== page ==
A portrait of the Irish novelist Edna O’Brien is set to be installed in the Irish Embassy in London later this year.
Northern Irish artist Colin Davidson was the creator behind the work of art, and spoke about what this work meant to him.
“Last night I fulfilled a lifelong ambition and unveiled my new portrait of Edna O’Brien at Claridges in London,” he said.
“Edna is one of the most courageous and remarkable Irish women. Her writing has helped shape modern Ireland. What a privilege.
“The portrait will be installed at the Irish Embassy in London later this year. So appropriate.”
The painting was purchased by the Irish State and was formally unveiled at an event in London last night attended by Ms O’Brien, Mr Davidson, and Ireland’s Ambassador to the UK Adrian O’Neill.
While Ms O’Brien is originally from Co Clare, she moved to London back in 1958 and she continues to live there to this day. She would begin her life as an author there, publishing her first novel - The Country Girls - two years later in 1960.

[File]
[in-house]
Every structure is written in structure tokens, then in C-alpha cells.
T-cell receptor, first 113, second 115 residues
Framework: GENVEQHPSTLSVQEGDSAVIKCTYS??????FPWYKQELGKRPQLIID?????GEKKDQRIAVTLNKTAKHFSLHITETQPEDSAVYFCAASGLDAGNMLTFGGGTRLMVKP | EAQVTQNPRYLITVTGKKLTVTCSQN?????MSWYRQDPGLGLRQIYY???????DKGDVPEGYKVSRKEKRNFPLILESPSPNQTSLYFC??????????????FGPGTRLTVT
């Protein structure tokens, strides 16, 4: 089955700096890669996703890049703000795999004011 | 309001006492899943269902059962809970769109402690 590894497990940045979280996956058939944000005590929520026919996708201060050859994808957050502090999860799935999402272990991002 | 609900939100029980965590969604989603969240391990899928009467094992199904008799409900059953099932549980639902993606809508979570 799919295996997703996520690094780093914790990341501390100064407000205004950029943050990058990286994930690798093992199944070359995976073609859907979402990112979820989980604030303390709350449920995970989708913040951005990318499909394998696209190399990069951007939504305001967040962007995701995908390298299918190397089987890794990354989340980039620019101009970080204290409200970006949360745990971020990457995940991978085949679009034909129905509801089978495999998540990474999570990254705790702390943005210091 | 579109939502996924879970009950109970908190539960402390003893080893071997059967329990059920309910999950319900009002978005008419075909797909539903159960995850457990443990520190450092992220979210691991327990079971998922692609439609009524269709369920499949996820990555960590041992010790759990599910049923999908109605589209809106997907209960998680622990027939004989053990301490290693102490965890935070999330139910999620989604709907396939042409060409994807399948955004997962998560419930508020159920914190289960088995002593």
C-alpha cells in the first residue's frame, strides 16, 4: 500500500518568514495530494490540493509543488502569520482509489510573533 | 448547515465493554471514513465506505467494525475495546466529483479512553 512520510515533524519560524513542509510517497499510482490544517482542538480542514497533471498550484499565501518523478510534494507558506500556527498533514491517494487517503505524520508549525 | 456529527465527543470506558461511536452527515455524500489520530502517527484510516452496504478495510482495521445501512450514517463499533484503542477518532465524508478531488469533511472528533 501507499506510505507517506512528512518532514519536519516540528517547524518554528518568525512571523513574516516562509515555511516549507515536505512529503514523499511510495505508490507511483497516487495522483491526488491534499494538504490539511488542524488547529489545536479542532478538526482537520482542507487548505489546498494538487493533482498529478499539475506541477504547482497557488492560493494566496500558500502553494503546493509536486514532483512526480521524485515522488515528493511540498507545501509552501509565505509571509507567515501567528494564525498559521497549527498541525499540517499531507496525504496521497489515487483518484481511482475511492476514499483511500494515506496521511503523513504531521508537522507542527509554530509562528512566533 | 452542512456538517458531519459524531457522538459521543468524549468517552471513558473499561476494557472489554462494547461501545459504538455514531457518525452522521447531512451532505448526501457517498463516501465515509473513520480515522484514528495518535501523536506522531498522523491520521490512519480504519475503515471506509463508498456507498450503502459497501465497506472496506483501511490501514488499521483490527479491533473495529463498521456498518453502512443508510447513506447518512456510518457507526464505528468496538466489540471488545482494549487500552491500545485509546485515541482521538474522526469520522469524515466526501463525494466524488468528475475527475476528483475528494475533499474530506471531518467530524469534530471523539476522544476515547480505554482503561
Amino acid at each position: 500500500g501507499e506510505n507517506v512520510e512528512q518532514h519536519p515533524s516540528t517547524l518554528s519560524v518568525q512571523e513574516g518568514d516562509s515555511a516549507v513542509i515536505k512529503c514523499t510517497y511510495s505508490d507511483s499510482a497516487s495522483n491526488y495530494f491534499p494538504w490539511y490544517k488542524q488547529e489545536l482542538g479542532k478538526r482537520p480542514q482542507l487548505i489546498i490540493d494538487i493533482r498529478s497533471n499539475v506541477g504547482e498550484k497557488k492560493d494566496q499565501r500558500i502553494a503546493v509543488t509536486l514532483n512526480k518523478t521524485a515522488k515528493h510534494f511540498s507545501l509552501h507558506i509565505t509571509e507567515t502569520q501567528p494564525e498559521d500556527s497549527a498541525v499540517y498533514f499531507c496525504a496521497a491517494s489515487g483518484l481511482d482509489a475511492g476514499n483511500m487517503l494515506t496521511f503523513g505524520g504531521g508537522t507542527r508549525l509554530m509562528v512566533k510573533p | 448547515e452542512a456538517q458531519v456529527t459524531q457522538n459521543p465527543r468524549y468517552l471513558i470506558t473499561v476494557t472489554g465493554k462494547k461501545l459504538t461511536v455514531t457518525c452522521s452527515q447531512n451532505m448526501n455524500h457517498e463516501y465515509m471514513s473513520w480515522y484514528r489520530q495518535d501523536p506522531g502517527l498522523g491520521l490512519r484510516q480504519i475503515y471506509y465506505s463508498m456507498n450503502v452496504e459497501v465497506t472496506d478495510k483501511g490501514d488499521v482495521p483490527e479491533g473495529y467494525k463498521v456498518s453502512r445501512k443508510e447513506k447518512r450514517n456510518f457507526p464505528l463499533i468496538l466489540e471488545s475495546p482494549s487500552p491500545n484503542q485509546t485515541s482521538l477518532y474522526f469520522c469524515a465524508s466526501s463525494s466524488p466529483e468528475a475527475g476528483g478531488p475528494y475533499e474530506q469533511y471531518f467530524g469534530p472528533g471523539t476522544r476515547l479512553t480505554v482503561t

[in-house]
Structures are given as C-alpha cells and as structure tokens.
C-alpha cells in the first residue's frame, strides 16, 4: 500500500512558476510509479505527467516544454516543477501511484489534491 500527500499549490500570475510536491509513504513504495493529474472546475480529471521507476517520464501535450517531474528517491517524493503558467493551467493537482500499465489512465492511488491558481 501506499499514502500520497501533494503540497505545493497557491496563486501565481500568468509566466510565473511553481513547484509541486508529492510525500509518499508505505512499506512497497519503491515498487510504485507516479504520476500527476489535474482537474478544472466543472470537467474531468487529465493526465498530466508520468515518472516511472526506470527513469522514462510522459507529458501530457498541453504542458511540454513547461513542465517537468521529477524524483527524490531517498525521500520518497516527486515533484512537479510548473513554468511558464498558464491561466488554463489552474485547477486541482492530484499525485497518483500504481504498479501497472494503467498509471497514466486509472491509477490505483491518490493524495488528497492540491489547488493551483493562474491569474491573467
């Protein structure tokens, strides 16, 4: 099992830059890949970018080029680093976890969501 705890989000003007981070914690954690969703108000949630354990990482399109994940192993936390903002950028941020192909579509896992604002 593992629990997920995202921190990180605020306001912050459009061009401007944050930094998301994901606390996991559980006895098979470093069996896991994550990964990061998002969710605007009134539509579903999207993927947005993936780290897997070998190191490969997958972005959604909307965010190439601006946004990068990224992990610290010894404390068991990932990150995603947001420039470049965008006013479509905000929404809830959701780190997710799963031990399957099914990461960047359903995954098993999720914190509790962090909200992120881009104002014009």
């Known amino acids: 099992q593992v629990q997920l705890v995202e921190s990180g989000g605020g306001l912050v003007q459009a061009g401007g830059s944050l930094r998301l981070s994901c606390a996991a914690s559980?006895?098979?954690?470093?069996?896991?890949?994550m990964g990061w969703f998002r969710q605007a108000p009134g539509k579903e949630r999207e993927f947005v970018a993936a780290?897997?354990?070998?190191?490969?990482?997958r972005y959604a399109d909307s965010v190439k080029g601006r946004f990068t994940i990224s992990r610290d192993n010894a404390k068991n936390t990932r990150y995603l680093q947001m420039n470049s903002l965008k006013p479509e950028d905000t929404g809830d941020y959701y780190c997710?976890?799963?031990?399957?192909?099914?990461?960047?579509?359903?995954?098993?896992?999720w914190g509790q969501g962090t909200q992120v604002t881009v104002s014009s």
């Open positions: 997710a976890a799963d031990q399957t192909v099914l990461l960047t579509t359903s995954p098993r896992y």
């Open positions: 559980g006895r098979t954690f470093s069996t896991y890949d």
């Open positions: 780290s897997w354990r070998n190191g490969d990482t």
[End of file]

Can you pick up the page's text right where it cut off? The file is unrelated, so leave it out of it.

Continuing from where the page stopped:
Due to the fact the book discussed many sexual matters and social issues, it was actually banned in Ireland upon its release, and was similarly criticised by the Catholic church.
Speaking in the Guardian about it last year, she said that her mother: “was very ashamed of my books and made more ashamed by people in the village, and that barrier was always there.”
“President Michael D Higgins, a marvellous sincere person, spoke of the intentional malice that had been meted out to me and why. My books are not hateful of Ireland [but] I was told by [Irish author] Rosita Sweetman that what offends people is my honesty. I have always tried to be truthful in everything I write.”
Back in March of this year, Ms O’Brien was honoured with France’s highest cultural distinction - an Ordre des Arts et Lettres - by France’s minister of culture during an online ceremony for International Women’s Day.
Now 90 years old, Ms O’Brien has written over 20 novels, and posed for this portrait back in September of last year.